Indonesia Doubling Transport Budget With $10 Billion Fuel Saving

The Light Rail Transit will help alleviate the city's roads of debilitating traffic. (EPA Photo/Mast Irham)

By : Sharon Chen | on 4:13 PM January 05, 2015
Category : Business, Economy

Motorists ride their motorbikes between cars during rush hour on a main road in Jakarta on Nov. 28, 2014. (EPA Photo/Mast Irham) Motorists ride their motorbikes between cars during rush hour on a main road in Jakarta on Nov. 28, 2014. (EPA Photo/Mast Irham)

Jakarta. Indonesia will save about $10 billion from the biggest overhaul of its decades-old fuel subsidy system, allowing the government to double spending on transportation, agriculture and public works, the energy minister said.

The finance ministry estimates that at least 120 trillion rupiah ($10 billion) in savings will be made this year, and the number will increase in coming years, said Energy and Mineral Resources Minister Sudirman Said in a Bloomberg Television interview with Angie Lau on Monday.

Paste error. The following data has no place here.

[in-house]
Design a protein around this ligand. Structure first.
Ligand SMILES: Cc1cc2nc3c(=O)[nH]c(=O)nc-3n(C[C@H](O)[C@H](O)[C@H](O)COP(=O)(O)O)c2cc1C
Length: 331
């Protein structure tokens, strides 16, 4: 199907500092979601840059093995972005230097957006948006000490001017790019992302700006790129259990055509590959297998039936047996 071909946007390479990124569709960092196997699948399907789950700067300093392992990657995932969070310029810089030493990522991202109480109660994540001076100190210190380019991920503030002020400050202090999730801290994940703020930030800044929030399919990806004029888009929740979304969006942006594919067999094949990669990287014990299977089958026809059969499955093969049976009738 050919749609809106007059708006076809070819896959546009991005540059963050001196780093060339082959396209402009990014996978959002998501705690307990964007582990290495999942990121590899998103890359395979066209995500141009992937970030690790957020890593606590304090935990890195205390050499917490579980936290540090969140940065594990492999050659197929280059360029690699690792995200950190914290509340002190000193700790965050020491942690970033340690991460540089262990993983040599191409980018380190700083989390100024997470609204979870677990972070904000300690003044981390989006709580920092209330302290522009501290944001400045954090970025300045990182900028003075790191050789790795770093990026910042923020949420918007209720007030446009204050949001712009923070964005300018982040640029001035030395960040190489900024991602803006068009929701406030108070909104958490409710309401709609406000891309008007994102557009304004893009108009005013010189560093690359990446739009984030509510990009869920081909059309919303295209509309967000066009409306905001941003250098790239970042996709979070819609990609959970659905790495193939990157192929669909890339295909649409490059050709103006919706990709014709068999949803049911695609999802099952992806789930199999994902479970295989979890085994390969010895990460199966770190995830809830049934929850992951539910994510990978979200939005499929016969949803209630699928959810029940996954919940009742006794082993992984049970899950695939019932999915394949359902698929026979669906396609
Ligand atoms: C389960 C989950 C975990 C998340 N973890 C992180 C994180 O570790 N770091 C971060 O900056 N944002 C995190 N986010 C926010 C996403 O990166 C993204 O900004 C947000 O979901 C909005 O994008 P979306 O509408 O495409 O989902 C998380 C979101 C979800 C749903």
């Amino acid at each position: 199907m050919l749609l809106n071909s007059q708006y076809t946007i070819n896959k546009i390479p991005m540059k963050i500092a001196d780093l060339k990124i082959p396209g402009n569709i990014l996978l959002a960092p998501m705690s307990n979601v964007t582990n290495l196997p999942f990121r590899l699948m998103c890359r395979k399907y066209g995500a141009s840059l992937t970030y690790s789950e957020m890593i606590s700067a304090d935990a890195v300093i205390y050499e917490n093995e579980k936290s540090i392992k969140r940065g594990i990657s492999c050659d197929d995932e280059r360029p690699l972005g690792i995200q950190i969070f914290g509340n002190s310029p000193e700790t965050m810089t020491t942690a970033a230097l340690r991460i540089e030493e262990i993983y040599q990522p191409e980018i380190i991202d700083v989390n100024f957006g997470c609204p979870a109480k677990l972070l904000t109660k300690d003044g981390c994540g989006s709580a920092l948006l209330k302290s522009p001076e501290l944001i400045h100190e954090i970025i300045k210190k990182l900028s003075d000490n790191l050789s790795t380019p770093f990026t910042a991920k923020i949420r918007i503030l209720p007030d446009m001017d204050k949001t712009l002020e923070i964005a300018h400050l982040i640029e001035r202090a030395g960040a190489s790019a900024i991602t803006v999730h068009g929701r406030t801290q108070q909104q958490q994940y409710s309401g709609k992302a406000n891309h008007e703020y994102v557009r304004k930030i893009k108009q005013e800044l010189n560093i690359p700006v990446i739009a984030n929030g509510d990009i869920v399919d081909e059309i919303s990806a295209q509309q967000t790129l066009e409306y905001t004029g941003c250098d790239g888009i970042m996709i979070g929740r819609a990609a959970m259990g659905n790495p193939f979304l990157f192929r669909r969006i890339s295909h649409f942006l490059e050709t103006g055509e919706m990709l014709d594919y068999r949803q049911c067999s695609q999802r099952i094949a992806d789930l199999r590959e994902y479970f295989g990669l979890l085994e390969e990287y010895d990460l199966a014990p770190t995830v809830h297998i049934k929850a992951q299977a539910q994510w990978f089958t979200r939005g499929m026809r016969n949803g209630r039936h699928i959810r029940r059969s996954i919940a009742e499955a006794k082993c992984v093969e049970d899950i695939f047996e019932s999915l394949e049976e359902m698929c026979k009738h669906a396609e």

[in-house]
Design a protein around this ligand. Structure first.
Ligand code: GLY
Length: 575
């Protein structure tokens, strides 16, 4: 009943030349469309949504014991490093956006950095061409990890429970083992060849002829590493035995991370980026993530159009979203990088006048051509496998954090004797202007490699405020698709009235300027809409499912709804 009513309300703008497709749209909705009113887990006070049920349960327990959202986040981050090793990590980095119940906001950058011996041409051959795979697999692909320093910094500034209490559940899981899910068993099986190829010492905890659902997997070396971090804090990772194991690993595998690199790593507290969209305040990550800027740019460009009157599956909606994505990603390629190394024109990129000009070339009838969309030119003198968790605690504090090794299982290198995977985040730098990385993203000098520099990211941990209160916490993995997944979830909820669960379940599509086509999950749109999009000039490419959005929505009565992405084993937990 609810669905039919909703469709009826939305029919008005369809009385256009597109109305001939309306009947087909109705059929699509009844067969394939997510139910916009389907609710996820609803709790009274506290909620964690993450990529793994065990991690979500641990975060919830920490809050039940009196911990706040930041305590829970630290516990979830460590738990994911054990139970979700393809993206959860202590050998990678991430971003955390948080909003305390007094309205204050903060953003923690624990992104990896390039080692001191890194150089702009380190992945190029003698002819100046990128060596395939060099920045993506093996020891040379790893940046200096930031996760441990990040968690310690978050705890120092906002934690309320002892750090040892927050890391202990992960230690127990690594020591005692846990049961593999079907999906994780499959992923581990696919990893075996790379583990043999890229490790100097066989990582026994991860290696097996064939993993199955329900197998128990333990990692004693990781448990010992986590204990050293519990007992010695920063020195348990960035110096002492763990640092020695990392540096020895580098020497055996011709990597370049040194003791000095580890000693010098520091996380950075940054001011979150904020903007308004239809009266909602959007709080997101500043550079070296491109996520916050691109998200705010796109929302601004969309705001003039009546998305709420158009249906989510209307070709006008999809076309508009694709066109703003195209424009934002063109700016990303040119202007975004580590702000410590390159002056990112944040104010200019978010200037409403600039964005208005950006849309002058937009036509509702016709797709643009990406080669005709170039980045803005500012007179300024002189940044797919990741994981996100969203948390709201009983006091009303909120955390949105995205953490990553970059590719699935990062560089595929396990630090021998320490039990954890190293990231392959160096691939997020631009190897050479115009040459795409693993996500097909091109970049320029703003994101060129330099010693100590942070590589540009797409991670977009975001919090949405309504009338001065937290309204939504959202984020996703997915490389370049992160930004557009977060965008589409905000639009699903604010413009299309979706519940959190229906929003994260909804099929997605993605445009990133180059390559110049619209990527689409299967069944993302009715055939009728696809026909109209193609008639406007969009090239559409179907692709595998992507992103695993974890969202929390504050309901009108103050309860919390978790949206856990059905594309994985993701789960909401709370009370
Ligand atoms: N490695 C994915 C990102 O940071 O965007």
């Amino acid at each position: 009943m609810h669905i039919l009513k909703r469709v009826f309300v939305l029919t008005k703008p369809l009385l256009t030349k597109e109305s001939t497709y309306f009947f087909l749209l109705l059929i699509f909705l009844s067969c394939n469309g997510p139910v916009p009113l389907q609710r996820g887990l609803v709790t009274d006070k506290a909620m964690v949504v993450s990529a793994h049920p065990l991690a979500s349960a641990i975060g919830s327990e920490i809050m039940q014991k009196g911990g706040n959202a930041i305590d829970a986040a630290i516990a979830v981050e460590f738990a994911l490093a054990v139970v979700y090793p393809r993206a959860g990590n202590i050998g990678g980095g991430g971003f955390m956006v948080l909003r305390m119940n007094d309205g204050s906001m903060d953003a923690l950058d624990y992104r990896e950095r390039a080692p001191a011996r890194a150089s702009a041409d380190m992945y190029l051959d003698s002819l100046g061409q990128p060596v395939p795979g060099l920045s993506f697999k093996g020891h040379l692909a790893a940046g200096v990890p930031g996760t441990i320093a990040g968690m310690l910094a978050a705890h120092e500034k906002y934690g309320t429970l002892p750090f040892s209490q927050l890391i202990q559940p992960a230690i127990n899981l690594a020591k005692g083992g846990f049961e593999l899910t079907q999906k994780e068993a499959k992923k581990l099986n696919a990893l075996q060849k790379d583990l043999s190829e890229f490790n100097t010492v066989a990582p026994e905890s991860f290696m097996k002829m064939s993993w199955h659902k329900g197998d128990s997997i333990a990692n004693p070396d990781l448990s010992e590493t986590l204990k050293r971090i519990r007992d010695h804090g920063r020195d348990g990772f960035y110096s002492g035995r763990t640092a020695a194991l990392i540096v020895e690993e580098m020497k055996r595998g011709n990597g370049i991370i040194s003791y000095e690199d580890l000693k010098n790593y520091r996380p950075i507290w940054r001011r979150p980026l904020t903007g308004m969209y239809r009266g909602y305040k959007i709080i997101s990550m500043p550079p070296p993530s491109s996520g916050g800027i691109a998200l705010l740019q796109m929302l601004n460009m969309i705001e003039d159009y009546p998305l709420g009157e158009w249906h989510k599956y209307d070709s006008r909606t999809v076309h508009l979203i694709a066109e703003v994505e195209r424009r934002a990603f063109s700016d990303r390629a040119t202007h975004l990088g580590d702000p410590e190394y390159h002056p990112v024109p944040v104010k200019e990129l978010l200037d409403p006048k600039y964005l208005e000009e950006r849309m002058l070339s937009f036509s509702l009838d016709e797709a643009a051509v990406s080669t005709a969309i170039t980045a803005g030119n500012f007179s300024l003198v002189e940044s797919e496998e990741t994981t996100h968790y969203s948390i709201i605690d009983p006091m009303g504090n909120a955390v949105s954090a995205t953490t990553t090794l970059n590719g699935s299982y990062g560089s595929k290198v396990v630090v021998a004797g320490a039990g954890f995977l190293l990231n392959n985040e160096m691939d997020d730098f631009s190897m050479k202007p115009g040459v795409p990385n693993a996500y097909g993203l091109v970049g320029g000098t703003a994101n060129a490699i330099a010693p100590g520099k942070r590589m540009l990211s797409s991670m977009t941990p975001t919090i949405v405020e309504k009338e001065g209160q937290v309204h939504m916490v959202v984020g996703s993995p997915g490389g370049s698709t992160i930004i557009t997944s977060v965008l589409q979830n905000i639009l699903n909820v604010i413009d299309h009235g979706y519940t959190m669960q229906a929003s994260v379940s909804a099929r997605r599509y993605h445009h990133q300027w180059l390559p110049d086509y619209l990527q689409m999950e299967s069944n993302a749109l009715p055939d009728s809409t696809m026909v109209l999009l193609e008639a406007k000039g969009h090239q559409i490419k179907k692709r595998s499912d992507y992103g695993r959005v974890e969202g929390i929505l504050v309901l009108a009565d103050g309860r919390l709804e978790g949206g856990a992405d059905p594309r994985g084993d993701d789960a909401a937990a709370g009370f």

“What happened is shifting the subsidy from consumption into more productive spending,” the minister said.

“Because of the policy this year 2015, the public works, the transportation sector and the agriculture will double the capital expenditure budget.”

President Joko Widodo scrapped the subsidy for gasoline on Jan. 1 and capped the amount of aid for diesel, joining India and Malaysia in taking advantage of plunging oil prices to wean their nations off government subsidized fuel. Indonesia had been subsidizing fuel since the first oil price shock in the 1970s and kept prices at less than $0.20 per liter until 2005, according to a World Bank report published in March.

The government plans to double spending on transportation from last year, according to Said. The budget for public works such as roads, housing and irrigation will be more than twice the original allocation and more money will be set aside for farmers and the agriculture sector, he said. Building infrastructure for the oil and gas industry and electricity will be part of the government’s focus this year, he said.

Dismantling the subsidy program is a political hot potato — protests accompanied past price increases and riots spurred by soaring living costs helped oust dictator Suharto in 1998.

“The challenge would be of course the response from the public, but I have confidence that if we communicate well, then they will understand” and in the longer term it is going to be a much better budget structure, the minister said.

Bloomberg

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